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Associations between clinical canine leishmaniosis and multiple vector-borne co-infections: a case-control serological study

  • Attipa, Charalampos1, 2, 3, 4
  • Solano-Gallego, Laia5
  • Leutenegger, Christian M.6
  • Papasouliotis, Kostas1, 7
  • Soutter, Francesca2
  • Balzer, Jörg8
  • Carver, Scott9
  • Buch, Jesse S.10
  • Tasker, Séverine1, 11, 12
  • 1 Bristol Veterinary School and Langford Vets, University of Bristol, Molecular Diagnostic Unit, Diagnostic Laboratories, Langford, UK , Langford (United Kingdom)
  • 2 University of London, Department of Pathobiology and Population Sciences, The Royal Veterinary College, Hatfield, Hertfordshire, UK , Hatfield (United Kingdom)
  • 3 Cyvets Veterinary Center, Paphos, Cyprus , Paphos (Cyprus)
  • 4 Institute of Infection and Global Health, University of Liverpool, Department of Clinical Infection, Microbiology and Immunology, Liverpool, UK , Liverpool (United Kingdom)
  • 5 Universitat Autònoma de Barcelona, Departament de Medicina i Cirurgia Animals, Facultat de Veterinària, Barcelona, Spain , Barcelona (Spain)
  • 6 IDEXX Laboratories, Inc., West Sacramento, CA, USA , West Sacramento (United States)
  • 7 Present Address: IDEXX Laboratories Ltd., Wetherby, UK , Wetherby (United Kingdom)
  • 8 IDEXX GmbH, Ludwigsburg, Germany , Ludwigsburg (Germany)
  • 9 University of Tasmania, Department of Biological Sciences, Hobart, TAS, Australia , Hobart (Australia)
  • 10 IDEXX Laboratories, Inc., Westbrook, ME, USA , Westbrook (United States)
  • 11 University of Bristol, Bristol Veterinary School, Langford, UK , Langford (United Kingdom)
  • 12 The Linnaeus Group, Shirley, UK , Shirley (United Kingdom)
Published Article
BMC Veterinary Research
Springer (Biomed Central Ltd.)
Publication Date
Sep 18, 2019
DOI: 10.1186/s12917-019-2083-6
Springer Nature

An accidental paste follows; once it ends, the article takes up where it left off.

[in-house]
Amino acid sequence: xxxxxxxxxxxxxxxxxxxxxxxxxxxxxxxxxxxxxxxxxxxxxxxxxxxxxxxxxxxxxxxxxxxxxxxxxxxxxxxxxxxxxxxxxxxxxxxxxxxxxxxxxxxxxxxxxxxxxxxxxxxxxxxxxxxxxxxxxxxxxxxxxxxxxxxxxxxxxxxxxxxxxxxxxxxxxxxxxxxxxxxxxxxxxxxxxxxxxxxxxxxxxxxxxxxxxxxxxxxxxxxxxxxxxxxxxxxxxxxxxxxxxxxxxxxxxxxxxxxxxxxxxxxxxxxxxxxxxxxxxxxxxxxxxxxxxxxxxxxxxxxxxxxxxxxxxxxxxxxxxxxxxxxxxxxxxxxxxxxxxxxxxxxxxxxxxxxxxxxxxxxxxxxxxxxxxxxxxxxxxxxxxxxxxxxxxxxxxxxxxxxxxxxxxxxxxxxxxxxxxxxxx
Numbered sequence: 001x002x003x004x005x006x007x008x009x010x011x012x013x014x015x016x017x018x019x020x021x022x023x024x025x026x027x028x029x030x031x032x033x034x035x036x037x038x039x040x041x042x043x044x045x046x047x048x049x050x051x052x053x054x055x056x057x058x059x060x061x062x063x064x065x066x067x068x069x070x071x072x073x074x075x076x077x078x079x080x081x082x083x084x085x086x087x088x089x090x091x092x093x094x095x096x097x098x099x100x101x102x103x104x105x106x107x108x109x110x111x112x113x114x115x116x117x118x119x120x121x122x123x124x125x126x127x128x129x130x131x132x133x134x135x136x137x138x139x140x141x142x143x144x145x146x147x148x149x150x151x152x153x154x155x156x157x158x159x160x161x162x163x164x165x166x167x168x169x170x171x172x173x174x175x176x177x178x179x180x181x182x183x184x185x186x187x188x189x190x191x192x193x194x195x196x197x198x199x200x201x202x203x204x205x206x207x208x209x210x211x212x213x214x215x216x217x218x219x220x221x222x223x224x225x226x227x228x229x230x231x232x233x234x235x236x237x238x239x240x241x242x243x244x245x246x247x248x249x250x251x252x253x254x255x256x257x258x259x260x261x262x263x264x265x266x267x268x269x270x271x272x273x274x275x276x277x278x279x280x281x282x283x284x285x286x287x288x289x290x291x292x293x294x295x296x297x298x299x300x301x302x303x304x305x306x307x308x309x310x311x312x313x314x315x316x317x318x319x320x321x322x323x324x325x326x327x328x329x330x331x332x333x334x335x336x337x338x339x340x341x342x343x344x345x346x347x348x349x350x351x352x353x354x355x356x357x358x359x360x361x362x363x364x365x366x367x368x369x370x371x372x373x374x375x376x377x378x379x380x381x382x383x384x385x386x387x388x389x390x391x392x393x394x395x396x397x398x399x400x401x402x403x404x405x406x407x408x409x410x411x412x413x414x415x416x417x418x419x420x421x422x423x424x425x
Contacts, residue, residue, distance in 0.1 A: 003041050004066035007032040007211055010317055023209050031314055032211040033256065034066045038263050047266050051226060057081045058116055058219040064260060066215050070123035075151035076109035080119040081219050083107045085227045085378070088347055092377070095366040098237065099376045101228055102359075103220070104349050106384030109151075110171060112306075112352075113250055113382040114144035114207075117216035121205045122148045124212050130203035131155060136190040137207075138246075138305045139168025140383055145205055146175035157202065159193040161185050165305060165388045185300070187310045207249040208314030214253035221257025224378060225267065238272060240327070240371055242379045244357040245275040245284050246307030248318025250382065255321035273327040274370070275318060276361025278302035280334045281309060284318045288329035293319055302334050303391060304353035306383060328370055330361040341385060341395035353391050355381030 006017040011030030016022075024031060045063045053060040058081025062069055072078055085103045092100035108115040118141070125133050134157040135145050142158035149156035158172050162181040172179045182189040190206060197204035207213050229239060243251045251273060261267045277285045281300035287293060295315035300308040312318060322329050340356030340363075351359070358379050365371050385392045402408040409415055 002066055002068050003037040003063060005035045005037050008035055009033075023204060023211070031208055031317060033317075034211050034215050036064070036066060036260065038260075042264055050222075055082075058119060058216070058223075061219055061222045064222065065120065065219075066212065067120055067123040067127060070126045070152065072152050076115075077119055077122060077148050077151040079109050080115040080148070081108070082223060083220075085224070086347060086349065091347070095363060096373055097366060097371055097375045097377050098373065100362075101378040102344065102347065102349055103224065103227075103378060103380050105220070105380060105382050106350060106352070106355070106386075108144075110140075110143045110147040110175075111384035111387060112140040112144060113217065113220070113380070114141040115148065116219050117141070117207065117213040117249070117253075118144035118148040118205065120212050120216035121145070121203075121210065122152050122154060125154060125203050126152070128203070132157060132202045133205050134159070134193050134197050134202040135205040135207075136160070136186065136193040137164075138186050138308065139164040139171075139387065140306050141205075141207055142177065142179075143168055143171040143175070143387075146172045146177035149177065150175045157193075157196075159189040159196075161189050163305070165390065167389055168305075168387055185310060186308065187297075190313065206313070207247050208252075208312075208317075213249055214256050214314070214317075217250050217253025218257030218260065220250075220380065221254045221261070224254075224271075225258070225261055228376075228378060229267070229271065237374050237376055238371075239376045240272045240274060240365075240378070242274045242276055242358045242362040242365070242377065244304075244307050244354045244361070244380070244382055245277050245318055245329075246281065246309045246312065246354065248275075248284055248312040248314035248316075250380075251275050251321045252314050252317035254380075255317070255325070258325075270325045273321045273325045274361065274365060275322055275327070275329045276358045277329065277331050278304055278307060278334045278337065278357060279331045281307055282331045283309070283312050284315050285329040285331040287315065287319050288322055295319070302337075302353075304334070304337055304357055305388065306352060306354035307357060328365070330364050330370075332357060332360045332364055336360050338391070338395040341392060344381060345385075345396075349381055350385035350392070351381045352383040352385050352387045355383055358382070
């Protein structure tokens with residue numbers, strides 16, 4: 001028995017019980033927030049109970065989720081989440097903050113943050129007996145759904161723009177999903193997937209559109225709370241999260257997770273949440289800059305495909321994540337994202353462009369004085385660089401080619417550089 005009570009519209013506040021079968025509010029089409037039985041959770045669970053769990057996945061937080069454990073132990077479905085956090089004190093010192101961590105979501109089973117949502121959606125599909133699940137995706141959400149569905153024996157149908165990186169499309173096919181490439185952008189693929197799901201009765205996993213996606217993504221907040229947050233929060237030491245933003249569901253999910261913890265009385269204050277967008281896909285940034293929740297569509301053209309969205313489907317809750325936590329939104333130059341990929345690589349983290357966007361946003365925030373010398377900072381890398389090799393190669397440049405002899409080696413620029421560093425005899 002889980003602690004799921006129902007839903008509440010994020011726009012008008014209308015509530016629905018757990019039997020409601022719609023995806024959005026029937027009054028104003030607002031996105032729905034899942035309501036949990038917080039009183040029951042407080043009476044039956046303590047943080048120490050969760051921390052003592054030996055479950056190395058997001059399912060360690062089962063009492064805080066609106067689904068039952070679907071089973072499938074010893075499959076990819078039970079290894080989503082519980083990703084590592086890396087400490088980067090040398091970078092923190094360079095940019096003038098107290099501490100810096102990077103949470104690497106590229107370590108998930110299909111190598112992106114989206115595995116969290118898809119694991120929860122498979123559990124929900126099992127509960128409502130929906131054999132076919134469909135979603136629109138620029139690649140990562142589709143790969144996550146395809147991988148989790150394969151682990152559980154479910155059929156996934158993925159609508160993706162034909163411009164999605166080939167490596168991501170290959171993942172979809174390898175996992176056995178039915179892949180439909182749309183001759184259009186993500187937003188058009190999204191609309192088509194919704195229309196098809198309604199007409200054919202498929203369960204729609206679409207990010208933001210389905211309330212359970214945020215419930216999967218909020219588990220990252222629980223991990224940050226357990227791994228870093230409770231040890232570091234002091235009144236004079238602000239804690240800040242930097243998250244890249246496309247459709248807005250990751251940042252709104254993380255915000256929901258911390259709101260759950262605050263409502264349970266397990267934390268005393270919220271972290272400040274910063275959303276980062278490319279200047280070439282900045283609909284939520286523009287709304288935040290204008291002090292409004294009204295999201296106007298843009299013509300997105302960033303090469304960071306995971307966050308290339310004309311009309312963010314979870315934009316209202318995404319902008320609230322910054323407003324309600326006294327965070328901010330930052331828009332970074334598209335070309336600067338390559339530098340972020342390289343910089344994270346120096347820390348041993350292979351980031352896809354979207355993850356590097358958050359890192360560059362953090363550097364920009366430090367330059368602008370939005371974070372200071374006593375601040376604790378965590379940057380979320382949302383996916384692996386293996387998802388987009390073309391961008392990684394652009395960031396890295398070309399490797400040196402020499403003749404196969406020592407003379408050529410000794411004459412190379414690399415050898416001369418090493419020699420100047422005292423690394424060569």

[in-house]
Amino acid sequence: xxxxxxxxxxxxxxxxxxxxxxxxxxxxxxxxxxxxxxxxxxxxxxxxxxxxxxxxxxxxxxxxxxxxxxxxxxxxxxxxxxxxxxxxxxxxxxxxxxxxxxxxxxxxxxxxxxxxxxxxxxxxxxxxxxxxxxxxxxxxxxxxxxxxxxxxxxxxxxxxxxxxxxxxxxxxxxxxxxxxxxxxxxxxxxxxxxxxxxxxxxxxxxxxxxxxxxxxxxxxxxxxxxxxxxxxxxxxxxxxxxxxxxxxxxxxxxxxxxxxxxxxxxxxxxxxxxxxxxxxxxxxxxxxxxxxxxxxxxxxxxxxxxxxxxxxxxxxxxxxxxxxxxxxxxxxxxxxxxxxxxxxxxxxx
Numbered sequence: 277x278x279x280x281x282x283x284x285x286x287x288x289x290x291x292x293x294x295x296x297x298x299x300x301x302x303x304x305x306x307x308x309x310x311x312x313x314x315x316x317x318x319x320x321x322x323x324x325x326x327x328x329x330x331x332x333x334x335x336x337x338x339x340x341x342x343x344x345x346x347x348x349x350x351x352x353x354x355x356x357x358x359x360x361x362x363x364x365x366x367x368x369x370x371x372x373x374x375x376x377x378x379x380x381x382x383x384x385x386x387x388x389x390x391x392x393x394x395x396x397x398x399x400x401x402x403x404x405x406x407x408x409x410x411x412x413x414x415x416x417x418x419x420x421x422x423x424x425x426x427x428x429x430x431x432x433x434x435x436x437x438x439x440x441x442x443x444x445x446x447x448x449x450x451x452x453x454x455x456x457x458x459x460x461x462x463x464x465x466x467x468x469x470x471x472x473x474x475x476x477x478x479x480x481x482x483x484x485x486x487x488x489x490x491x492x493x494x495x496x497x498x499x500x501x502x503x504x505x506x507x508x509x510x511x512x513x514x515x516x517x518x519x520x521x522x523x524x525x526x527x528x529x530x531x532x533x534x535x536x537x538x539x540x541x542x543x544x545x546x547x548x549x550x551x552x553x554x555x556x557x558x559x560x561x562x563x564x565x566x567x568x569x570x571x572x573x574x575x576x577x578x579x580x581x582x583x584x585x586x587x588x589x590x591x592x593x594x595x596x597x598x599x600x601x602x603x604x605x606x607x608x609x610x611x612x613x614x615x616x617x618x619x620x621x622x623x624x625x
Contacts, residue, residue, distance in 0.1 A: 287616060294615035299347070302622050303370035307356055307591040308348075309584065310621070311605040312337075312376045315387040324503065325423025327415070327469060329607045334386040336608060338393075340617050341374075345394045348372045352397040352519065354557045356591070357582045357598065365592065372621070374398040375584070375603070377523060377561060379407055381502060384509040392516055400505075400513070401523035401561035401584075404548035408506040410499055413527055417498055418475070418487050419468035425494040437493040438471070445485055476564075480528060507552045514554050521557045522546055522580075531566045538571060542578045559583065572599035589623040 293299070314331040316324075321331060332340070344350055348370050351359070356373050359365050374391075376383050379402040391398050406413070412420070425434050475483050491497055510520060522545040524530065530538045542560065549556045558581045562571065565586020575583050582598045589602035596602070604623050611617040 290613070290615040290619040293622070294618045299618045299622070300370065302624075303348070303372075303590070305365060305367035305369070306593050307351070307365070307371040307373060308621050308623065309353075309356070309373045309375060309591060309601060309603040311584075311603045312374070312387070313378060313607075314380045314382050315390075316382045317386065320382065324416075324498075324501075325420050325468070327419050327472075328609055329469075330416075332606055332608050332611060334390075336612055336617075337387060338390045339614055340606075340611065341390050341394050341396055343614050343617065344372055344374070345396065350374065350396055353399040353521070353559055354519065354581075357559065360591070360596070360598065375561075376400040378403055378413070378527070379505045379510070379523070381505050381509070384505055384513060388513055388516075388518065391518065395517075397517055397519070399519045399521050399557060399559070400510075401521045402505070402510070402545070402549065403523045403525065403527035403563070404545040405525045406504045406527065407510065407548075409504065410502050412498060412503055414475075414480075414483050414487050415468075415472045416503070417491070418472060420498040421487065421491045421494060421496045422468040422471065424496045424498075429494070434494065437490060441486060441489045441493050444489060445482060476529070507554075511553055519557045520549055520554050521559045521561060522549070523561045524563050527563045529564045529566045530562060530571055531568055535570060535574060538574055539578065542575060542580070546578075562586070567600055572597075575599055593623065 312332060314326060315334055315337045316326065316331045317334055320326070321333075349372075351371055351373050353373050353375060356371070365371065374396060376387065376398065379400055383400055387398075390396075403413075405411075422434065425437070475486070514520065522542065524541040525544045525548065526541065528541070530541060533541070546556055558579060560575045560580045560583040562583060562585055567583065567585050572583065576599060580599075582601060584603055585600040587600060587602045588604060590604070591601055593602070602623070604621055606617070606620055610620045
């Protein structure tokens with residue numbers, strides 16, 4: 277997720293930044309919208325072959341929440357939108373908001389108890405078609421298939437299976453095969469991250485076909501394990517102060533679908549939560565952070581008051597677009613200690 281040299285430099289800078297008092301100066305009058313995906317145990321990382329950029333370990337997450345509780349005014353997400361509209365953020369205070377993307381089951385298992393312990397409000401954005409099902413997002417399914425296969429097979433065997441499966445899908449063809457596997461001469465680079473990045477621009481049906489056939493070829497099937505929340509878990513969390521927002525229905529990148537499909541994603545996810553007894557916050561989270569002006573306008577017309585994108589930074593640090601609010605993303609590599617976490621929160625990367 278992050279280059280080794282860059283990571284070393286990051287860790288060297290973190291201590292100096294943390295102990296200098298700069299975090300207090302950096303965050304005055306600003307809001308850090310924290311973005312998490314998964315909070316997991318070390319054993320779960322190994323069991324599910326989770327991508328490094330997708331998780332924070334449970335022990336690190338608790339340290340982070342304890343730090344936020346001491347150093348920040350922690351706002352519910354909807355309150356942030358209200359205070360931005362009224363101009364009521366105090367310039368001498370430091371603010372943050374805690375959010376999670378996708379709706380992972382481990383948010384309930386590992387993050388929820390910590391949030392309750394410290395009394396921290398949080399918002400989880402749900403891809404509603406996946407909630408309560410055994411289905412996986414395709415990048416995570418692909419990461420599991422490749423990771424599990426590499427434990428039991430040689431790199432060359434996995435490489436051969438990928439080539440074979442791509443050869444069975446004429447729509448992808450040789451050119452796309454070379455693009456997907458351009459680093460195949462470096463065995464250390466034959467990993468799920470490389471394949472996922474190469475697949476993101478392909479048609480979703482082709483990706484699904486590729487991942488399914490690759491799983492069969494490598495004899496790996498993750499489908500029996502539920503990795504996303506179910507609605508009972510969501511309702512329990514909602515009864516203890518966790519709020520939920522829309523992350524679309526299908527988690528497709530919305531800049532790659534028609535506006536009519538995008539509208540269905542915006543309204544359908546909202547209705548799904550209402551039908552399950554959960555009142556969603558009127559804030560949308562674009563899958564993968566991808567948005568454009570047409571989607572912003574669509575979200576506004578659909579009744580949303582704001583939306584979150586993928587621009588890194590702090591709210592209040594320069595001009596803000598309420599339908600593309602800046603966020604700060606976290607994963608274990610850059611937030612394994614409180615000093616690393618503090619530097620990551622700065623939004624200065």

BackgroundDogs that have clinical leishmaniosis (ClinL), caused by the parasite Leishmania infantum, are commonly co-infected with other pathogens, especially vector-borne pathogens (VBP). A recent PCR-based study found that ClinL dogs are more likely to be additionally infected with the rickettsial bacteria Ehrlichia canis. Further information on co-infections in ClinL cases with VBP, as assessed by serology, is required. The research described in this report determined if dogs with ClinL are at higher risk of exposure to VBP than healthy control dogs using a case-control serology study.ResultsOf the 47 dogs with ClinL, anti-E. canis/ Ehrlichia ewingii antibodies were detected in 17 (36.2%), anti-Anaplasma phagocytophilum/Anaplasma platys antibodies in 5 (10.6%) and antigen for Dirofilaria immitis in 2 (4.3%). Of the 87 control dogs, anti-E. canis/E. ewingii antibodies were detected in 14 (16.1%) and anti-A. phagocytophilum/A. platys antibodies in 2 (2.3%). No anti-Borrelia burgdorferi antibody tests were positive. No statistical differences between the ClinL dogs and control dogs regarding lifestyle or use of ectoparasitic prevention, were identified. The ClinL was significantly associated with anti-E. canis/E. ewingii antibodies (odds ratio = 2.9, 95% confidence interval: 1.3–6.7, P = 0.010) compared to controls by both multivariable logistic regression and structural equation modelling.ConclusionsIt was demonstrated that an increased risk for E. canis/E. ewingii seropositivity is present in dogs with ClinL compared to clinically healthy control dogs, despite similar ectoparasitic prevention use and lifestyle. Based on these findings it is suggested that dogs with ClinL should not only be tested for E. canis co-infection using PCR but also serologically for E. canis/E. ewingii.

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